My thoughts were that the only thing that matters is how we act, not how we feel. Our feelings are extremely mutable; we feel rancor towards someone and they bring us a little gift when we have a birthday, now we like them. We feel friendly toward someone and they don’t respond to us in a way we want and now we’re on the fence about them; so on and so forth…

If we act in a kind or neutral way, despite how we feel, we are developing a mental/physical habit that will, in time, often change how we feel. This is good.

The phoniness comes from our intentions in acting nice. If our intentions are mostly selfish, then we are in phony territory, ready to homestead. But just a natural human aspect that could use a little help or tidying up.

Most of our “personality” and our general response system to the world, is just an accumulation of old habits (some of them older than we may know), that are so ingrained that we falsely use them to identify us, as “me”. One proof of this is the fact that many of us have had the experience of transforming some old and unhelpful habits that were not useful and during that process we were somewhat surprised that we had never noticed the negative aspects of that part of our “personality”. Hell, we may even have thought is was cute or manly.

The tricky part of this is to see the situation(s) clearly and our part(s) in it. We have to face and look very closely at our most cherished possession; our story of ourselves, and that many times, we just sort of scroll roll past those parts of the story that we know to be unhelpful, or just not fair, right, honest or even true. It’s tough to face the fact that mostly we are full of baloney; or just straw. We grow the straw, and lord knows we slice the baloney.

The good news is, that is not a problem, it’s the human condition. Not seeing clearly. Not being able to step back just a few inches, or feet, or miles from our insitence that our view may be blocked, or skewed and generally inaccurate.

That is the place where change is initiated, not just waited on while simultaneously waiting to die.

 

The view is great from here, its filled with me, 

I like what I see, except when I don’t;  and

A voice-over starts, just like in the movies,  that

Explains me, and how I act and feel, to me; and then

And there my view changes to go along with my story,

About me, you, them, those, this, that; and all them

Things that seem outside of the me, yet some-

How I know can’t exist without. How, how to

Connect? Is the truth just a glance away? Maybe?

 

 

 

 

 

This Moment. No Worries…

” To be without a reference point is the ultimate loneliness. It is also called enlightenment. The mind with no reference point does not resolve itself, does not fixate or grasp. How could we possibly have no reference point? To have no reference point would be to change deep-seated habitual response to the world: wanting to make it work out one way or the other. If I can’t go left or right, I will die! When we can’t go left or right, we feel like we are in a detox center. We are alone, cold turkey with all the edginess that we’ve been trying to avoid by going left or right, That edginess can feel pretty heavy.”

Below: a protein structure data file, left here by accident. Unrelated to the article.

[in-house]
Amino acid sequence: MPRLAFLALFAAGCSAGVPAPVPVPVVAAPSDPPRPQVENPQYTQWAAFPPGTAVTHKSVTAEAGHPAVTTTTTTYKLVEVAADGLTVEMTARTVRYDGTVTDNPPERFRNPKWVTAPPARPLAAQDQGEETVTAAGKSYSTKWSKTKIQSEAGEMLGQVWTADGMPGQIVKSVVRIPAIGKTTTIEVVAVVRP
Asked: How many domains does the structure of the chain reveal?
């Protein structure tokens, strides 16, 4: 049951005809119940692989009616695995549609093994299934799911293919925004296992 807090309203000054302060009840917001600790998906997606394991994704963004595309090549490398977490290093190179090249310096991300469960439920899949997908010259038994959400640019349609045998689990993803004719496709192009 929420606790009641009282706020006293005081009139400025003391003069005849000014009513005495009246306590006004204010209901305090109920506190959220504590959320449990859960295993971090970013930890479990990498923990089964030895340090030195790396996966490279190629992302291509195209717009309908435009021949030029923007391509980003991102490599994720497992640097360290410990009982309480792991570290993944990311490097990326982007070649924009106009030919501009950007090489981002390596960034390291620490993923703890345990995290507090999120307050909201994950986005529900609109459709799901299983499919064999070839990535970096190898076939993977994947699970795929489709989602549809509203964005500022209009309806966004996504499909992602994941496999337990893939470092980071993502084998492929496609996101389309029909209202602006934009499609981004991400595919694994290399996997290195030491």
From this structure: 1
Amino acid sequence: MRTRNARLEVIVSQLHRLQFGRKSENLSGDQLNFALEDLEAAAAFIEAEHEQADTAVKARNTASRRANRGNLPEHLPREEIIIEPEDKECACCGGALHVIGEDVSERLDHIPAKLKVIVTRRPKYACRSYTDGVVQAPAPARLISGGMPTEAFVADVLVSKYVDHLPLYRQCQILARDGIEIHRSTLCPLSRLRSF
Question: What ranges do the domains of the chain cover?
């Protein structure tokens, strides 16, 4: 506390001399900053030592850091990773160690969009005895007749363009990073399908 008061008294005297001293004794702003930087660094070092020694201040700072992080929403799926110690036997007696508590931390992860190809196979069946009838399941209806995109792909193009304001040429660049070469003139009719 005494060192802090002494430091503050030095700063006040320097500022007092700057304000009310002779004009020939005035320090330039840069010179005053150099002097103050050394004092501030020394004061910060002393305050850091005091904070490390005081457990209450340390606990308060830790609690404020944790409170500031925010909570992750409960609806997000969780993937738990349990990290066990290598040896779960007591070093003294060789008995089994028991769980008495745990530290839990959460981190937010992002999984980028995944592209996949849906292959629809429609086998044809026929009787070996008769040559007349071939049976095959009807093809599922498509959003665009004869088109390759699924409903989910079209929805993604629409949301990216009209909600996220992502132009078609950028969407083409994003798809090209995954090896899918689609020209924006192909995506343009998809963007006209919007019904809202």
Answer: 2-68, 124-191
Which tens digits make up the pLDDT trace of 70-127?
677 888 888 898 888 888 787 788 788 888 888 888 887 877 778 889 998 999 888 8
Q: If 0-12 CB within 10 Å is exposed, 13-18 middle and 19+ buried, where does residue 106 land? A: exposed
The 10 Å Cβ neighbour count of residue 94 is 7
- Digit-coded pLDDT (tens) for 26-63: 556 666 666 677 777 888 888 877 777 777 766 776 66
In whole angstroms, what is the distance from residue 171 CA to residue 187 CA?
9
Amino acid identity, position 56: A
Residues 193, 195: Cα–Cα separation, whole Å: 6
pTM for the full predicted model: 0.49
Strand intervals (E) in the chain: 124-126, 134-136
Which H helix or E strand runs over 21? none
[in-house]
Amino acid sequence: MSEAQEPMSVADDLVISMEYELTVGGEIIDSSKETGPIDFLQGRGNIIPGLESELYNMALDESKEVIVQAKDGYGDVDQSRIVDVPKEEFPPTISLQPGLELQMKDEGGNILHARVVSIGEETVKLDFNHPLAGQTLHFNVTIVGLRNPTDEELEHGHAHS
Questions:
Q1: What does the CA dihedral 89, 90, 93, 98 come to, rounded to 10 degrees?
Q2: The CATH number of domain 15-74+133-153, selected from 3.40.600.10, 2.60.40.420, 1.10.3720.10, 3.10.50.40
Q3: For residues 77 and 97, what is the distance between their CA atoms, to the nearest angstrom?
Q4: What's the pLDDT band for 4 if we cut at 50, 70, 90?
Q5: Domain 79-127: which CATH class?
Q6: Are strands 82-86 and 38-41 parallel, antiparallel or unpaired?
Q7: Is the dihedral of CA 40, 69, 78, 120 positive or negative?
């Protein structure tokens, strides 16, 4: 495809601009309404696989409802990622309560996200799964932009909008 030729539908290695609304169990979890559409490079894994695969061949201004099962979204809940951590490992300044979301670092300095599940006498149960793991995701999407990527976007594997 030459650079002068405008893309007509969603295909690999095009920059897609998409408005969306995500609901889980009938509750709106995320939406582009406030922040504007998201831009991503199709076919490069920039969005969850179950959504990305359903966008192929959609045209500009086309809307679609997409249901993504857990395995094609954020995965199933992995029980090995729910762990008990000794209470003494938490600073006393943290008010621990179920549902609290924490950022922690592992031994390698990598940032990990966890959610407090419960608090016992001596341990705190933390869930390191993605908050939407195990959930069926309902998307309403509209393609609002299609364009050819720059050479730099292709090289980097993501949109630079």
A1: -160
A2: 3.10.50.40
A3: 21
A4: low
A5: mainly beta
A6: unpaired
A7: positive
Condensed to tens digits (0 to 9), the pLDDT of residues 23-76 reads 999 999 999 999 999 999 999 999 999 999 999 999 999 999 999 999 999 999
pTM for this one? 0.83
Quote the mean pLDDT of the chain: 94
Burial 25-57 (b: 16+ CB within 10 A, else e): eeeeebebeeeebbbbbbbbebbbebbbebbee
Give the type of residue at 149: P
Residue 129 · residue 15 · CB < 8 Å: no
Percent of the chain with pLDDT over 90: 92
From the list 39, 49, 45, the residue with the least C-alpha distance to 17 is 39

The above is a quote from Pema Chodron in a portion of one of her books where she writes about the Six Kinds of Loneliness (or Aloneness, as I like to think of it).

She writes about the process of becoming unstuck and how difficult that is. Unstuck from our dependence on always trying to find relief, comfort, cessation of of dis-ease and generally trying to avoid “yucky”, and all of those consternations that can range from a Pimple on the Nose on Prom Night, to Nuclear Holocaust, to This is Not What I Ordered, to Diagnosed With About Two Months To Live, etc:

The question of how to come to terms with all our discomforts. When we desperately want a reference point. That reference point usually partaking of some relief or dissociation from the perceived “problem”. This last Saturday at a day long retreat at our Berkeley temple we spend time in meditation and discussion about cultivating the 6 Kinds of Aloneness ( formulation with word “aloneness” being one that I find more resonant than the “loneliness” referred to by Pema Chodron, but that’s a personal thing, we all have to work with certain concepts for a while and allow our own minds and hearts to address a teaching in our own way). Pema Chodron offers the Six Kinds as being states that we can cultivate within ourselves, they are;

Less desire; contentment; avoiding unnecessary activity; complete discipline;; not wandering  in the world of desire and, not seeking relief from ones own discursive (rationalizing), thinking.

I found all of these aspect very challenging. I won’t go into the heart of her writings here, they can be found through a simple Google search and in her books. She is a profound teacher and a perfect example of a committed trainee who continues to explore the Dharma despite daunting obstacle. A true profile in courage.

What I found most challenging, as usual is the simple fact of the matter, that once I get through reading, meditating with and discussing and ruminating over these concepts, they are nothing until I try and try, and try again, over and over, to apply these teachings, even in the smallest way, to my daily life. That is where the challenge lies for me. I am so conditioned to experience Big Ideas, Big Movement, Big Shifts, Big Drama, Big Finish, Bigger is Better in Everything, that I forget this most basic and useful little idea.

The longest journey begins with one step. Then continues with another. Then another, and so, forth…